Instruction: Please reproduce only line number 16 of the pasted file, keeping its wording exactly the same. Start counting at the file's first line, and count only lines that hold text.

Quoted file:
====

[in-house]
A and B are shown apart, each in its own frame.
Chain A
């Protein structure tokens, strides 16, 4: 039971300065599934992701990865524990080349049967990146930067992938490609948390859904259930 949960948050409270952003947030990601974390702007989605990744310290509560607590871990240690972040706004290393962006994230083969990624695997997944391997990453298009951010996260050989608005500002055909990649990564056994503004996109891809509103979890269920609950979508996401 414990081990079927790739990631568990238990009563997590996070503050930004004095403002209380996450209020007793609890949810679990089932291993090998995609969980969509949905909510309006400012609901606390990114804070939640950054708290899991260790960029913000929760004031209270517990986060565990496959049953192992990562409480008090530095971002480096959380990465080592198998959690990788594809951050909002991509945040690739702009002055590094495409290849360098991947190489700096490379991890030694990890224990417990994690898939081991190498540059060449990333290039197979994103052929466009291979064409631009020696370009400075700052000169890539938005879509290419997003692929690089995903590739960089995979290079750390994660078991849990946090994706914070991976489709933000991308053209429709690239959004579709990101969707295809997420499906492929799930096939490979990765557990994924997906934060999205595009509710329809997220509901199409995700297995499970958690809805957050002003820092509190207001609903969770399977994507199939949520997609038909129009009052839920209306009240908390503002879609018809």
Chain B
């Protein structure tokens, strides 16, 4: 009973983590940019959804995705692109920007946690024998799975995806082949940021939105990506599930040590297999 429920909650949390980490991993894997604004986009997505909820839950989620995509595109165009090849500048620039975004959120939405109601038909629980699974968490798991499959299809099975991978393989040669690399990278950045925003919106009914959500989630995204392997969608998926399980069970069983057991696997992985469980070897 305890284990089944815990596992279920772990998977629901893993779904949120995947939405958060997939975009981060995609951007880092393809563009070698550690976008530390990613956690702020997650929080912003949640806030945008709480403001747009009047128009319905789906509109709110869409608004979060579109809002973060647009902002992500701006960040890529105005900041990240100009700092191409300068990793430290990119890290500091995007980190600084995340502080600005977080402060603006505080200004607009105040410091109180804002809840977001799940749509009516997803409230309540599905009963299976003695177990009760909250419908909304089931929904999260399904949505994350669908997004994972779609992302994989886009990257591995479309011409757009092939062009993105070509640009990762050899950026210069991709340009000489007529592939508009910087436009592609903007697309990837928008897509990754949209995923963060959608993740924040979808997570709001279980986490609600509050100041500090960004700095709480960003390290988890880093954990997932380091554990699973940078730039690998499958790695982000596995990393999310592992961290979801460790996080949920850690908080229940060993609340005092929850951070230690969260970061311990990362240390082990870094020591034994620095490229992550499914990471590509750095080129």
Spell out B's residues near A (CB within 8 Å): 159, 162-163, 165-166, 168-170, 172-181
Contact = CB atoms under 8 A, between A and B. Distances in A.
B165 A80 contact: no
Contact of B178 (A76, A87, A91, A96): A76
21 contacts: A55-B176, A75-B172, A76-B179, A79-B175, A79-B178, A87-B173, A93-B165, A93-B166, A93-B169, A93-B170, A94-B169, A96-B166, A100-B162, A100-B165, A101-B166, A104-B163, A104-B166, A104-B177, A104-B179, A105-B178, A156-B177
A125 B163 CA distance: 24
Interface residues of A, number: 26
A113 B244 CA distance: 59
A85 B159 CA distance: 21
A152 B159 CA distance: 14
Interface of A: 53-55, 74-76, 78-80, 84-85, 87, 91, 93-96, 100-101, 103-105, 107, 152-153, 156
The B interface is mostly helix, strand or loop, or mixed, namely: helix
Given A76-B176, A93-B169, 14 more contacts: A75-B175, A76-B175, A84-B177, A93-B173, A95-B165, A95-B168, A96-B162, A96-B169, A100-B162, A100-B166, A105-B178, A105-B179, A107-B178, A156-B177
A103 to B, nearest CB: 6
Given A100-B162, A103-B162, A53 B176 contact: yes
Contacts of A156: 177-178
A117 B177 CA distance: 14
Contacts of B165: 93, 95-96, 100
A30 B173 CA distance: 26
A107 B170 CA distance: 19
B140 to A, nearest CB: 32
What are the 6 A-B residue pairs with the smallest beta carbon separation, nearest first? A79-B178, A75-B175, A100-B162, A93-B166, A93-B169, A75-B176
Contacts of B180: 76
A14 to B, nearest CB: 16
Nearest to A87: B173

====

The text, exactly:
A152 B159 CA distance: 14